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Suspect in France gas factory beheading confesses

The main suspect in the beheading of a transport firm manager in southeastern France has confessed to the killing. Police say the man also took a macabre selfie with his victim's body.

Officials said truck deliveryman Yassine Salhi made the admission to police Sunday in the southeastern city of Lyon. The 35-year-old father of three also gave "details about the circumstances" surrounding the killing, according to sources close to the investigation.

A convoy of police cars drove Salhi to his home in the town of Saint-Priest to find his passport, and the suspect was to be transferred to counter-terrorism authorities outside Paris later on Sunday.

Investigators in Lyon have spent the past two days questioning the Salhi over Friday's attack on a US-owned chemical warehouse. Police say he decapitated his boss and hung the head on the fence of the Air Products plant near flags displaying the Muslim profession of faith. He then rammed a truck into gas canisters on the site, setting off an explosion.

Salhi also allegedly sent a selfie with the victim to a Canadian mobile phone number. A source told news agency AFP that the gruesome photo was sent to Syria.

Police at the gas factory

French police have lifted a 48-hour secure perimeter around the industrial site

Major terror threat

French authorities are working to establish possible motives behind the crime. Officials say Salhi has a clean criminal record, but he also has a history of ties to Islamic extremists. A testimony by a friend of the victim reported by newspaper "Le Figaro" suggested Salhi and his boss had had several heated arguments since the truck driver was hired in March.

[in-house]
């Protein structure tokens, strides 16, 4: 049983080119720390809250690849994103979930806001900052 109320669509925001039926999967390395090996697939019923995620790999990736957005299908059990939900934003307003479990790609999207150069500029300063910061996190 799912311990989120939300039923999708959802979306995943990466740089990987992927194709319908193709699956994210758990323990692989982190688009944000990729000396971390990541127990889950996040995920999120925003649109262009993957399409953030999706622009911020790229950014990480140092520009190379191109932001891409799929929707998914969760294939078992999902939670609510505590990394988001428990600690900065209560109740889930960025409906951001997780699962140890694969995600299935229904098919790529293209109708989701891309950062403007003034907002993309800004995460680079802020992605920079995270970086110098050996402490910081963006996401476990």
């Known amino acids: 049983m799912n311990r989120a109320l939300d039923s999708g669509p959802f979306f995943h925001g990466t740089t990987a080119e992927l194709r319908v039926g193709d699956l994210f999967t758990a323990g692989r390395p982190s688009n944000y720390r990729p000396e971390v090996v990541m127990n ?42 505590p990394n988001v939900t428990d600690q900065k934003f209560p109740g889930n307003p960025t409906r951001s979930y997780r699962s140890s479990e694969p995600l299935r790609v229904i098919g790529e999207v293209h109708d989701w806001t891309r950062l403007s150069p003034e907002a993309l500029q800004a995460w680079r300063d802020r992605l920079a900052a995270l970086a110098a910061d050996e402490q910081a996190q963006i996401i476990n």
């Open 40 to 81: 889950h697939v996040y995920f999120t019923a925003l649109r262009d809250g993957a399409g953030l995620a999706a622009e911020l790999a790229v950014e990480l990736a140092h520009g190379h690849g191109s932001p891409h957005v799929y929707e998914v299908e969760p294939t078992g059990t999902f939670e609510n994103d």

"We don't know whether we're dealing with a fundamentalist who flipped or a real terrorist," one source close to the investigation told Reuters.

"Investigators are wondering whether this isn't just a simple criminal act."

No terror groups have claimed responsibility for the attack, although the beheading appears to imitate "Islamic State," which has publicly broadcast videos of its militants severing the heads of hostages.

French Prime Minister Manuel Valls warned Sunday that the world was "living under a major terrorist threat, and this terrorist threat is going to last."

It's not a question of whether there will be another attack, but "when" and "where," Valls said in an interview with i-Tele TV.

"We should know we're going to fight this terrorism over the long term."

nm/ng (AP, Reuters, AFP, dpa)

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